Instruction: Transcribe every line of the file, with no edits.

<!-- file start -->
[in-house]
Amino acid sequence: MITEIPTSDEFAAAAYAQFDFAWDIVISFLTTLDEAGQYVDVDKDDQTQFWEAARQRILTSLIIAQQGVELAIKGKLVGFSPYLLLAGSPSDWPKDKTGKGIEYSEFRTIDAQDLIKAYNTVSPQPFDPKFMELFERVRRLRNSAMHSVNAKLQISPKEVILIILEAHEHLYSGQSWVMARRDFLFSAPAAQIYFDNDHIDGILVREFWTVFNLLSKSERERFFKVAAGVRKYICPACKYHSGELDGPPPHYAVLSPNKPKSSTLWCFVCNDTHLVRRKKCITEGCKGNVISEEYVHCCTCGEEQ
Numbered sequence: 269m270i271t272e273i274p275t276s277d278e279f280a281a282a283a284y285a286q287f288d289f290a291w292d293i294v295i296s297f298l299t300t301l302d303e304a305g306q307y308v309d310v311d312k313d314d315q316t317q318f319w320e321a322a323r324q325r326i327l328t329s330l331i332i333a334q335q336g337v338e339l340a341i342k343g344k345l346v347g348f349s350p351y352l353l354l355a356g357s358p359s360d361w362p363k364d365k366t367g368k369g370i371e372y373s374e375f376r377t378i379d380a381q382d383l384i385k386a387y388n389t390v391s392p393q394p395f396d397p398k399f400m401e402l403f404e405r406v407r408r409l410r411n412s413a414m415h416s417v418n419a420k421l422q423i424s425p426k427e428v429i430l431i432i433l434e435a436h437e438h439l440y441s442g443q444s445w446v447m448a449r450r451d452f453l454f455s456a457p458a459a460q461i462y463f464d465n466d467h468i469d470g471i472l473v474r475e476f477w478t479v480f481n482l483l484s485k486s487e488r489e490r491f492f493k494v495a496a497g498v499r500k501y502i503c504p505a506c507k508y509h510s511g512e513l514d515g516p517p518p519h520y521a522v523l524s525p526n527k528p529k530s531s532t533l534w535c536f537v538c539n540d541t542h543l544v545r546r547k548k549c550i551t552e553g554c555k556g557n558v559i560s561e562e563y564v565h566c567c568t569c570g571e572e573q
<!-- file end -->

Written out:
[in-house]
Amino acid sequence: MITEIPTSDEFAAAAYAQFDFAWDIVISFLTTLDEAGQYVDVDKDDQTQFWEAARQRILTSLIIAQQGVELAIKGKLVGFSPYLLLAGSPSDWPKDKTGKGIEYSEFRTIDAQDLIKAYNTVSPQPFDPKFMELFERVRRLRNSAMHSVNAKLQISPKEVILIILEAHEHLYSGQSWVMARRDFLFSAPAAQIYFDNDHIDGILVREFWTVFNLLSKSERERFFKVAAGVRKYICPACKYHSGELDGPPPHYAVLSPNKPKSSTLWCFVCNDTHLVRRKKCITEGCKGNVISEEYVHCCTCGEEQ
Numbered sequence: 269m270i271t272e273i274p275t276s277d278e279f280a281a282a283a284y285a286q287f288d289f290a291w292d293i294v295i296s297f298l299t300t301l302d303e304a305g306q307y308v309d310v311d312k313d314d315q316t317q318f319w320e321a322a323r324q325r326i327l328t329s330l331i332i333a334q335q336g337v338e339l340a341i342k343g344k345l346v347g348f349s350p351y352l353l354l355a356g357s358p359s360d361w362p363k364d365k366t367g368k369g370i371e372y373s374e375f376r377t378i379d380a381q382d383l384i385k386a387y388n389t390v391s392p393q394p395f396d397p398k399f400m401e402l403f404e405r406v407r408r409l410r411n412s413a414m415h416s417v418n419a420k421l422q423i424s425p426k427e428v429i430l431i432i433l434e435a436h437e438h439l440y441s442g443q444s445w446v447m448a449r450r451d452f453l454f455s456a457p458a459a460q461i462y463f464d465n466d467h468i469d470g471i472l473v474r475e476f477w478t479v480f481n482l483l484s485k486s487e488r489e490r491f492f493k494v495a496a497g498v499r500k501y502i503c504p505a506c507k508y509h510s511g512e513l514d515g516p517p518p519h520y521a522v523l524s525p526n527k528p529k530s531s532t533l534w535c536f537v538c539n540d541t542h543l544v545r546r547k548k549c550i551t552e553g554c555k556g557n558v559i560s561e562e563y564v565h566c567c568t569c570g571e572e573q